Supporters of this bill feel that it would be hypocritical for Congress to hold the Dreamers to a different standard than themselves. There have been several members of Congress who have a history of DUI and, for them, apologies seemed to have sufficed to allow them to continue in their positions. Examples of current members include Texas Representative Kevin Brady who pled no contest to a DUI charge in 2005, Idaho Senator Mike Crapo who pled guilty to DUI in 2013, and former Rhode Island Representative Patrick Kennedy who pled guilty to DUI in 2006.

Opposition to the bill feels that this new bill does not consider the severity of DUI convictions. Ohio Representative Chabot was quoted, “We should not be passing laws which shield drunk drivers from removal or reward them for their dangerous conduct by fast tracking them to get a green card.”

Committee Chairman Jerrold Nadler of New York feels that “people make mistakes and laws and policy decisions should reflect that. [They are] no more or no less a public safety threat than a member of Congress who has a DUI conviction from several years ago.” Nadler continued, “This legislation is intended to recognize reality, that these people are Americans, that they are Americans in every sense except for a piece of paper, and to say, to imply, there’s one standard for members of Congress with a DUI conviction and another … where a single DUI can automatically expel them from the country is wrong.”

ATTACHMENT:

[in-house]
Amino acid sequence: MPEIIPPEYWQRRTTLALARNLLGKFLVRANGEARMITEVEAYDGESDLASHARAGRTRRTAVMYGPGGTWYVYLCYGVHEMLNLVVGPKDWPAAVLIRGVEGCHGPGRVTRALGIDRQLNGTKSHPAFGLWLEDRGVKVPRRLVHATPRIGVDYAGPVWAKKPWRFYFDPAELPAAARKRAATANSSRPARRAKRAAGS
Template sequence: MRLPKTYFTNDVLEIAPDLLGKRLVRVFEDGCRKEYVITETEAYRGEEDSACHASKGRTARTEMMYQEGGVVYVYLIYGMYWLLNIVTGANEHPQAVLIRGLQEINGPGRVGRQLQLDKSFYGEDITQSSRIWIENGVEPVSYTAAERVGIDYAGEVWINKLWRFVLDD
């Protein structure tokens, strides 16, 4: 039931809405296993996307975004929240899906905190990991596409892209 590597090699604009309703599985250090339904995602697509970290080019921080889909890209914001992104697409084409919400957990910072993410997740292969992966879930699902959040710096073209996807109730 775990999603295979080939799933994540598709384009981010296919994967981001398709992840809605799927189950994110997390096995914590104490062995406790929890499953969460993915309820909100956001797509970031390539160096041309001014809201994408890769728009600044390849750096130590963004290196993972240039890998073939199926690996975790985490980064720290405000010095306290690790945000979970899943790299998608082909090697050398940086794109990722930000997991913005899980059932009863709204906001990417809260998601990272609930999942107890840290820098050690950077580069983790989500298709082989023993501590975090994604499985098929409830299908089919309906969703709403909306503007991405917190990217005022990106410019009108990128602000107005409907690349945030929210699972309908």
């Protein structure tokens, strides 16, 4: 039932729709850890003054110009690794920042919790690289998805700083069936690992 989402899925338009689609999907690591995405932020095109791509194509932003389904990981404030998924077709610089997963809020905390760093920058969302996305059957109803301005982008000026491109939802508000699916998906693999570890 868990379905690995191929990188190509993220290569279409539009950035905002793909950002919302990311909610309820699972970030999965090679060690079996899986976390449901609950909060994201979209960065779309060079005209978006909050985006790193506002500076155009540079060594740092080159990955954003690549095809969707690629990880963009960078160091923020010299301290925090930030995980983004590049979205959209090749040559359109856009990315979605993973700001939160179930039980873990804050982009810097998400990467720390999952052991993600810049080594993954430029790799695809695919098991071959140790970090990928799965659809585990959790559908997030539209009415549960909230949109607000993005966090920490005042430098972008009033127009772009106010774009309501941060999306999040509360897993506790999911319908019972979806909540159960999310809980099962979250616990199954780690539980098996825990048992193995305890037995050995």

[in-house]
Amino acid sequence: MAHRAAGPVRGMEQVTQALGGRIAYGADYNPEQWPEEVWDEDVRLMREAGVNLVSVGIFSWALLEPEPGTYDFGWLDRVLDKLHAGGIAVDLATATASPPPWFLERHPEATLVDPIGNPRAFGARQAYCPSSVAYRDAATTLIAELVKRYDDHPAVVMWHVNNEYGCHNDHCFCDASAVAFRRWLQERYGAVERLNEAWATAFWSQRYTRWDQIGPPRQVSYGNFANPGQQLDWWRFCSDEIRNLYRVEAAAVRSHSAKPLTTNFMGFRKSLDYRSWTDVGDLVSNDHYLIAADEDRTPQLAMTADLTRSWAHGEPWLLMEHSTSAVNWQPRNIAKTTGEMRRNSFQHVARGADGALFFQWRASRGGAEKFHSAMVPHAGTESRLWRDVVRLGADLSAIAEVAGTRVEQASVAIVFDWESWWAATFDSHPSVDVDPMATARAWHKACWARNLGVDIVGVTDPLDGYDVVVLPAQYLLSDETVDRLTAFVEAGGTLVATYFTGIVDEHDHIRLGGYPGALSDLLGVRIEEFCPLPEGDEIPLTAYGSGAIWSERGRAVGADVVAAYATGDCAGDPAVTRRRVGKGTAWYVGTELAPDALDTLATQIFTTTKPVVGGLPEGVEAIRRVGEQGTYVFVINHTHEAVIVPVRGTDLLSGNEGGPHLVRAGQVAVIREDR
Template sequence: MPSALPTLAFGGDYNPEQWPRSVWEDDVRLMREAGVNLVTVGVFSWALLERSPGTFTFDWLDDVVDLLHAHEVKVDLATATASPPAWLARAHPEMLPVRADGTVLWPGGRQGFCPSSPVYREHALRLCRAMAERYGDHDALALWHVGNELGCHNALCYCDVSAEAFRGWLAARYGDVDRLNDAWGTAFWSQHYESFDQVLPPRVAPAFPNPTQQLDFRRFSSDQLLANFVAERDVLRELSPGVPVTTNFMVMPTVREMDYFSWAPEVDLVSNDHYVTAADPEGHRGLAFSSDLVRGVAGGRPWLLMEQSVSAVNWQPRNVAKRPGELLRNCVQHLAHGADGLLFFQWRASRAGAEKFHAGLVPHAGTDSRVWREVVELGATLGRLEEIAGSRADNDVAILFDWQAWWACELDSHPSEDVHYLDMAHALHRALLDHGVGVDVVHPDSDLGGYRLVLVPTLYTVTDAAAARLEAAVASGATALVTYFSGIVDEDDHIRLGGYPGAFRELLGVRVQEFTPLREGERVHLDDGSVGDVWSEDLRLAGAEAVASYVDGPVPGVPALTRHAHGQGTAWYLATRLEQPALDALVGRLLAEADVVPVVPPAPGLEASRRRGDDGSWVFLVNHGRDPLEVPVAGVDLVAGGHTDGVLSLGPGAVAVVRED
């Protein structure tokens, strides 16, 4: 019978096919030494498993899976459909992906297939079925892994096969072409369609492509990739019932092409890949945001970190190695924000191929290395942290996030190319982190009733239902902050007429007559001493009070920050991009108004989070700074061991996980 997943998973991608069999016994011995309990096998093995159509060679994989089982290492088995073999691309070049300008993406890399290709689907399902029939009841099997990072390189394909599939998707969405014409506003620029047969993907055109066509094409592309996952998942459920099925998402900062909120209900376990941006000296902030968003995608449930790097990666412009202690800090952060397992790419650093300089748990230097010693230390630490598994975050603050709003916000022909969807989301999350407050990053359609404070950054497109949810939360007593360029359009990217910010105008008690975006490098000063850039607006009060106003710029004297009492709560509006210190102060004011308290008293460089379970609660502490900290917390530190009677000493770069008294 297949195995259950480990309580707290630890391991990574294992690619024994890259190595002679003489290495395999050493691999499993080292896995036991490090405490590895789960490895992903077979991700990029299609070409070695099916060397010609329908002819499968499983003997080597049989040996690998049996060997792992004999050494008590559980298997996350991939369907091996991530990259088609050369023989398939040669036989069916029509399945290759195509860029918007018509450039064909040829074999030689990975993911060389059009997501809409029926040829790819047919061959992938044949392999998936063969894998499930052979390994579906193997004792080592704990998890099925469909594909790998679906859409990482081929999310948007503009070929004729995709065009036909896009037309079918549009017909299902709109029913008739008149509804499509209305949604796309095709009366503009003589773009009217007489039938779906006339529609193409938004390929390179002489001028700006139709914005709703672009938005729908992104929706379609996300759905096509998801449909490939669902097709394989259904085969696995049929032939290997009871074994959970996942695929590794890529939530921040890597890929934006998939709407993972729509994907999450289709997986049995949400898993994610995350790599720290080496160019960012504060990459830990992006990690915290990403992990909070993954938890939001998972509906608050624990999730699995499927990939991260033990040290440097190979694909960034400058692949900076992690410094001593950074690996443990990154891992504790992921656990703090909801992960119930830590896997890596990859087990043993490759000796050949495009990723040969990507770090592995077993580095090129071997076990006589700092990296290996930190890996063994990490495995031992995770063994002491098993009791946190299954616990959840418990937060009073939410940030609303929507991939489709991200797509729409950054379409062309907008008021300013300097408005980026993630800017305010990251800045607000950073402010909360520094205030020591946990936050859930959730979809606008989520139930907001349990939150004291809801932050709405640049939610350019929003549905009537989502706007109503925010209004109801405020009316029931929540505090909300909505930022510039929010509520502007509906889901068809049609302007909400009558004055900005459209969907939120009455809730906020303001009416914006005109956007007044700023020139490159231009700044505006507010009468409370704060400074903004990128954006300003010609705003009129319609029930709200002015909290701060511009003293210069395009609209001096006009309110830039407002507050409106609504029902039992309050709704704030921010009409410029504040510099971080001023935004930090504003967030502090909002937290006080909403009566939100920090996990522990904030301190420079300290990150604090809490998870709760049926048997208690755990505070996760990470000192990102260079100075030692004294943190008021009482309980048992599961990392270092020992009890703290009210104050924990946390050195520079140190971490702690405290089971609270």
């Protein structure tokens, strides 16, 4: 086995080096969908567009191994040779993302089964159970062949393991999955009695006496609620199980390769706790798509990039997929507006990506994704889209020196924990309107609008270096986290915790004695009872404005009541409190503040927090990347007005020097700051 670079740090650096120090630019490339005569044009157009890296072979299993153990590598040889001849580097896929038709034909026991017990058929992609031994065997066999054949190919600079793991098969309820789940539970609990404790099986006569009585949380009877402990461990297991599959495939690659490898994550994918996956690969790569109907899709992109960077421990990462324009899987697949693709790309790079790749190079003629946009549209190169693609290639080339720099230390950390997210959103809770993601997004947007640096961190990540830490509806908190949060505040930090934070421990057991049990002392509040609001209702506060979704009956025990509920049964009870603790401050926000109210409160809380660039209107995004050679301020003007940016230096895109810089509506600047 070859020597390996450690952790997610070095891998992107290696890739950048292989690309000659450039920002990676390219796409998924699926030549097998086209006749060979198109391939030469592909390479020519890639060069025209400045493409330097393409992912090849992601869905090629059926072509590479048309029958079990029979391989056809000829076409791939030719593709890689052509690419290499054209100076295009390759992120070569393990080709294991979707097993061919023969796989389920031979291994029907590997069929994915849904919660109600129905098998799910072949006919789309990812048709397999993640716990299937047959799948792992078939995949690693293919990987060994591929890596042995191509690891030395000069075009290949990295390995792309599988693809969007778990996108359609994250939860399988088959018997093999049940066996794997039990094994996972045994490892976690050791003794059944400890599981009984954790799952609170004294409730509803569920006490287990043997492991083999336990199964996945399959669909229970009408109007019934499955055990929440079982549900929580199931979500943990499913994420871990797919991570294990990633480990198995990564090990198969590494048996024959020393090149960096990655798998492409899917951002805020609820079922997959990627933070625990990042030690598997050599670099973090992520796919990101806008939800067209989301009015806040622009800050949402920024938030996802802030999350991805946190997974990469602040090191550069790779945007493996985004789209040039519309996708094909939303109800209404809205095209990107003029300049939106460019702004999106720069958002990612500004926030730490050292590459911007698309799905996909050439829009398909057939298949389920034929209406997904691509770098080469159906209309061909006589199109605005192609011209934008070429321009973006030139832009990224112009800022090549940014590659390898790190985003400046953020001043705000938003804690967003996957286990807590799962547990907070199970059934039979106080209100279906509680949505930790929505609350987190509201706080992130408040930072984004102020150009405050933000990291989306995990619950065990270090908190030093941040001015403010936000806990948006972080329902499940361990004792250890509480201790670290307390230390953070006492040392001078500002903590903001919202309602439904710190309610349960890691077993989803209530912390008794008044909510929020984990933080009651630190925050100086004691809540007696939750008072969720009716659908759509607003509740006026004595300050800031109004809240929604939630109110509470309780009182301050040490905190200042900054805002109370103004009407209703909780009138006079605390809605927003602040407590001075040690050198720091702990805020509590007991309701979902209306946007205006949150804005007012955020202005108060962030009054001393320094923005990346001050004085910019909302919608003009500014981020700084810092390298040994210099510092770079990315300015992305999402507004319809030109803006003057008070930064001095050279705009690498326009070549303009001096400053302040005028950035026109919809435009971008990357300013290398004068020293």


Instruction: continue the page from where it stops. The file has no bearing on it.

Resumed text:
As an immigrant myself with permanent residency I agree that it does seem unfair to judge a person from a past DUI conviction when that mistake was just that; a mistake. Although I agree that society as a whole should be well aware of the seriousness and consequences of driving under the influence, setting a different standard for those children who had no say in coming into this country to begin with and have known no other home but this country, seems to be unfair. Obviously, if a Dreamer racks up multiple DUI, misdemeanor, or felony convictions, then at that point they would start to pose a threat to society, and the Secretary of the Department of Homeland Security might have cause to deny legal status. Whether the bill passes or not, let’s hope that even the prospect of the bill becoming law is enough to deter Dreamers from getting behind the wheel while under the influence.